...I have a guest lister this week. Midshipman 4/C Kenneth Kurz at the United States Naval Academy. Or, Ken, my husband, almost 20 years ago.
(Yes, he ate all that food. And at the time, I'm guessing he weighed close to 120 pounds).
Ken wrote this list to Midshipman 2/C John Collins. And yesterday, a little shy of 19 years to the day, we watched Commander John Collins take command of his very own squadron.
That's one of my dearest friends in the whole world, Laura, up there with John. We are also the god parents to their son, Jack. I bet when 4/C Midshipman Kurz wrote that list to 2/C Midshipman Collins, he never imagined we would be sitting there yesterday, watching this. Well, he was probably too busy with a stomach ache.
...I know some people say there's nothing better than a baby's laughter. Charlie's Zyrtec video is proof of that. But I've found something even better. A brother and a sister, laughing together, hysterically.
They had just finished a beautiful rendition of I've Been Working on the Railroad. The cackle belongs to Clara. The messy house belongs to me.
...My birthday gift to Ken (back in February) was tickets to the Orioles versus Indians game last weekend (Ken grew up in Cleveland, and since we are all gluttons for punishment, we've all become Ohio sports fans. They never fail to amaze disappoint us).
The kids were remarkably into it, considering it was about 120 degrees in the sun. At least the Orioles fans behaved themselves and no one threw a hot dog at us. Charlie particularly enjoyed all the clapping. Clara particularly enjoyed all the food.
At the bottom of the sixth, we were all done (including the Indians).
In all honesty, the train ride to and from the game was probably the highlight of both kiddos days.
...We'll call this one "What you do when your husband, 50 percent of your manpower, is gone for six whole days and six whole nights."
1. You rise before the sun, before the children, before the dog to prepare yourself for the day ahead
2. You try to follow the rule of new parenthood to, "Nap when they nap." But instead of napping you spend 45 minutes laying in bed thinking about all you could have accomplished with those precious 45 minutes. You fall asleep five minutes before you hear your child screaming, with drool down your chin and sheet marks across your forehead. It was a hard five minutes.
3. You try to explain the difference between Gracie and Charmer to a friend when it finally hits you: Charmer was a person. Gracie is a dog. Charmer never liked other dogs, Gracie does. Charmer never chased her tail. Gracie does this to find her tail (she swears it's in there somewhere):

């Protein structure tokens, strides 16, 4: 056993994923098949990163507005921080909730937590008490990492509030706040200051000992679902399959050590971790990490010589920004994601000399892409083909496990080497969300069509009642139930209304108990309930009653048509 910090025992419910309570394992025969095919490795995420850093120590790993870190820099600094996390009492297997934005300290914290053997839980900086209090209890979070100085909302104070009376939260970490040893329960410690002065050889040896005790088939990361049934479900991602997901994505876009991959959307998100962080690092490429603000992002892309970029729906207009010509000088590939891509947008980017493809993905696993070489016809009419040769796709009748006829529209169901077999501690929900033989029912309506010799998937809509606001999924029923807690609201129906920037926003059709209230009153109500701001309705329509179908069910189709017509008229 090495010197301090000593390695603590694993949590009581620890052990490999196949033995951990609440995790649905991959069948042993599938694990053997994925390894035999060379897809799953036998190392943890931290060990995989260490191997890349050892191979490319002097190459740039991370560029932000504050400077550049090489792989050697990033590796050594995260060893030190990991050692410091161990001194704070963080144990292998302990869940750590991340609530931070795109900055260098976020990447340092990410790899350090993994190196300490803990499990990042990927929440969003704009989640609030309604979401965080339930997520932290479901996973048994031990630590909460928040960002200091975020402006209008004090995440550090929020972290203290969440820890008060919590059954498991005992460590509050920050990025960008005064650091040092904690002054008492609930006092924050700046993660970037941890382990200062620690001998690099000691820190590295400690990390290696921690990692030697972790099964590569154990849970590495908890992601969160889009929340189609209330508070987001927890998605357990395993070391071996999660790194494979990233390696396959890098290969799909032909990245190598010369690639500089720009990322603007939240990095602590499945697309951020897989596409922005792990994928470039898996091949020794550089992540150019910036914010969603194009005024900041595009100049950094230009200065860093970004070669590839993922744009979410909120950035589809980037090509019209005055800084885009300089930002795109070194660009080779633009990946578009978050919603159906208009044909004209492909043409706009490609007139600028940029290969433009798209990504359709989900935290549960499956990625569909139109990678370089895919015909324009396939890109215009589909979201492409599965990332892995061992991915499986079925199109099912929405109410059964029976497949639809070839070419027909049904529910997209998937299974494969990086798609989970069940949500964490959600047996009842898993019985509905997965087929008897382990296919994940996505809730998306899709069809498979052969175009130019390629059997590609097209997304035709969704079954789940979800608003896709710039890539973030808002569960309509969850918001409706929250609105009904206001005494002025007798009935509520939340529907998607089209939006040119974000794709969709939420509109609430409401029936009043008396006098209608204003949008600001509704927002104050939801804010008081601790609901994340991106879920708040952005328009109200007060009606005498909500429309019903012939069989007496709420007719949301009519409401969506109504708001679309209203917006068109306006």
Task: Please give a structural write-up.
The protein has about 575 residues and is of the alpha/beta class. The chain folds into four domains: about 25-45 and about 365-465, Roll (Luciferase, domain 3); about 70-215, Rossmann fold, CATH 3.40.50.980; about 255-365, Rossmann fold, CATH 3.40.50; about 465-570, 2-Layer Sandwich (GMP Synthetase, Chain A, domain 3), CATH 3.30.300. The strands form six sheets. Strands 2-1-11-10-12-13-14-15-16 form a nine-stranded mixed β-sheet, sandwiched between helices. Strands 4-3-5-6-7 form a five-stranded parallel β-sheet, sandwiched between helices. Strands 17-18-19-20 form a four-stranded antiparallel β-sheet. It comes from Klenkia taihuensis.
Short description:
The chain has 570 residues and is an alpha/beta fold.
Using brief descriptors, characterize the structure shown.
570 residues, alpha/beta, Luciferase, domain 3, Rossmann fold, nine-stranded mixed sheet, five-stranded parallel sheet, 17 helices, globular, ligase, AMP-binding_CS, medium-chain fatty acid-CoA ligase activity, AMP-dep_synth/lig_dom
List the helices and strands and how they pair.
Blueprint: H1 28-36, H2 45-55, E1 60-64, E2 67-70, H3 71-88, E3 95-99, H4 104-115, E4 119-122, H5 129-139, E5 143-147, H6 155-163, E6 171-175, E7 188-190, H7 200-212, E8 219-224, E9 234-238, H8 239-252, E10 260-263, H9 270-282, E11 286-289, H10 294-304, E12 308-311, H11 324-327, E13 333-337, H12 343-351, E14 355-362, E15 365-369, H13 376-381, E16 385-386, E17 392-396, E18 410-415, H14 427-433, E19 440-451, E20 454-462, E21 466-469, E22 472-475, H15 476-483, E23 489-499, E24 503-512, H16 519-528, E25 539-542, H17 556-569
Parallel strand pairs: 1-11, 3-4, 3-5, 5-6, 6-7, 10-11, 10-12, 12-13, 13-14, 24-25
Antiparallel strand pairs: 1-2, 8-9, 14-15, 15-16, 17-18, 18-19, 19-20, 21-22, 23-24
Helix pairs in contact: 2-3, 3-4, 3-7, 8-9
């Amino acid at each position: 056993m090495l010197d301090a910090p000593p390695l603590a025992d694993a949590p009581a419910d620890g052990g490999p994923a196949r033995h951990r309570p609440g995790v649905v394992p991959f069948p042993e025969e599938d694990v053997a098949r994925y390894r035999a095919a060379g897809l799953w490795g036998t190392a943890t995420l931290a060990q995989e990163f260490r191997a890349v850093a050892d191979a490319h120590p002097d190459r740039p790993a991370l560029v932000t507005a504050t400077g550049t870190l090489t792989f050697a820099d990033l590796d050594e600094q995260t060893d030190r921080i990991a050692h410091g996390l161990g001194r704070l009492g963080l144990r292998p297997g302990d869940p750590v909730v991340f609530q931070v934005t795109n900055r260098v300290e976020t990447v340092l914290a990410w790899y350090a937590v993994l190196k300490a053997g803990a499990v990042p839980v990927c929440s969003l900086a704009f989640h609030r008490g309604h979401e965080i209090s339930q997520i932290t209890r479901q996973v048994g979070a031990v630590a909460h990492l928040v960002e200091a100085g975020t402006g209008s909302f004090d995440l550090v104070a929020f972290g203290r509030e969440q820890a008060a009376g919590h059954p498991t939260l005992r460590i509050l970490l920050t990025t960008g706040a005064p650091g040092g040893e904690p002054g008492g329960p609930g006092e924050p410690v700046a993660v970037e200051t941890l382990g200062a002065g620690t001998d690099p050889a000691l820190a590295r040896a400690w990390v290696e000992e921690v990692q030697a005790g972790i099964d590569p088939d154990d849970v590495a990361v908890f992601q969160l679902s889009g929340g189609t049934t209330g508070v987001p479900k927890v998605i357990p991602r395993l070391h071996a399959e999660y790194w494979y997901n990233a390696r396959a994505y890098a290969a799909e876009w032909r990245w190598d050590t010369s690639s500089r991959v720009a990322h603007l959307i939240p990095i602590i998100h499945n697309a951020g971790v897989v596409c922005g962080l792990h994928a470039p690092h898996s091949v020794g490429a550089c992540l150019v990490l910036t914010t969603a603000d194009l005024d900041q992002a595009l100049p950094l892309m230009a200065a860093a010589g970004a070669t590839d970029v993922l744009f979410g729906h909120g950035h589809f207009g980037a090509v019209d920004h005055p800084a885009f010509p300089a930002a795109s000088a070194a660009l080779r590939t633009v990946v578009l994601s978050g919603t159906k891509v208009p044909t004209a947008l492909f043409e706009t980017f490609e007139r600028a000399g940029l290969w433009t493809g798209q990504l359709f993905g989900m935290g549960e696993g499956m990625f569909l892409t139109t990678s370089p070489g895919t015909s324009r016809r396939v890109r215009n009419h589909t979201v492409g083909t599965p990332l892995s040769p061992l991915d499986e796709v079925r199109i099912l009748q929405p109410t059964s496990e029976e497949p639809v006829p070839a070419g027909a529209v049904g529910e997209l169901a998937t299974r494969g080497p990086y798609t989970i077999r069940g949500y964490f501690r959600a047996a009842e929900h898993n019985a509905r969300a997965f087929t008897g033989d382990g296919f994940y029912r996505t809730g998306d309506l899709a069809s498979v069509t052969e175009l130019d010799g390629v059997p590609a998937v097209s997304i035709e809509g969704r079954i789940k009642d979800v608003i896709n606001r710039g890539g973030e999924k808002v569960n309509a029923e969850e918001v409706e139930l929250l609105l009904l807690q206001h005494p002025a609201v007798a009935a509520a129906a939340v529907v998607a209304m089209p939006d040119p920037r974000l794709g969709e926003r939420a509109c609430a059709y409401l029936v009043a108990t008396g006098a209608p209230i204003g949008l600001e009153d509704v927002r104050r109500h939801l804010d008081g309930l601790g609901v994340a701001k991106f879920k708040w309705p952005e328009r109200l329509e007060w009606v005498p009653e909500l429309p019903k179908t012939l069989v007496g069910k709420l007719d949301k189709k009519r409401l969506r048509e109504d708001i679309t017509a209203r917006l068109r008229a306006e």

4. You take snapshots and send a ridiculous amount of pictures to your husband. This is not meant as a guilt trip. At all.
5. You take your kids to swimming and send ridiculous amounts of videos to your husband. This is not meant as a guilt trip. At all.
6. You write lists, cross things off, get things done.
7. The highlight of your week is not successfully single parenting two children, keeping the dog alive, and not setting the house on fire, or planning one of your biggest work events, or turning 35, but rather when your local farmer's "Our Tomatoes" sign pops up on Wednesday. Let the cheese and tomato sandwich season begin.
8. You spy on your little boy visiting Kindergarten. Kindergarten.
10. You rejoice when your little family reunites to celebrate the success of Team Mustache and all those who supported us.
...I decided to take the kids to see the Blue Angels demonstration today at the Naval Academy. I made the eight-mile march uphill pushing my ghetto double stroller (a single BOB that Charlie sits on the front of) to the best vantage point (and the VIP tent we were invited to, but my kids do not appreciate VIP-ness). They happily snacked along the water.
...we took photos in the photo booth (Charlie is wearing a lacrosse helmet):
...And then the skies fell (or, more accurately, the demonstration started). I knew it was going to be loud, I've been before, and I showed the kids videos on YouTube last night of how loud it was. But yeah, nothing prepares you for it, really.
I literally couldn't walk my ghetto double stroller back down that fifteen-mile hill fast enough.
(That's Clara cowered in the back, scrunched into the corner with her lovey covering her ear). When we finally got to the end of the twenty-mile walk to the car, she jumped out of that stroller and as luck would have it, four of the angels went screeching overhead at that very moment. I swear she almost went back into the womb.
The funny thing is, for the rest of the day the two of them couldn't stop talking about it. They want to go again, but bring the headphones they wear on the riding mower. Go figure. Maybe I didn't permanently damage them after all.
...Charlie (and Clara, who was not interested) started swimming lessons this afternoon. When we first arrived, the instructor had the kids all sit in a circle and she wanted them to answer three questions: their name, their age, and their favorite flavor of ice cream.
I'm sure I did a sharp inhale from the bleachers. These situations always make me nervous. It's happened before when I've seen a teacher in a group setting struggle to understand him, to feel embarrassed that they don't understand him. Then it came to Charlie's turn. "Charlie. Five. Chocolate," he said. They moved on to the next child. "They understood him" I whispered to my friend Erin. They understood him.
We have a little more than a week to raise $500 for Team Mustache. I hope you'll consider helping.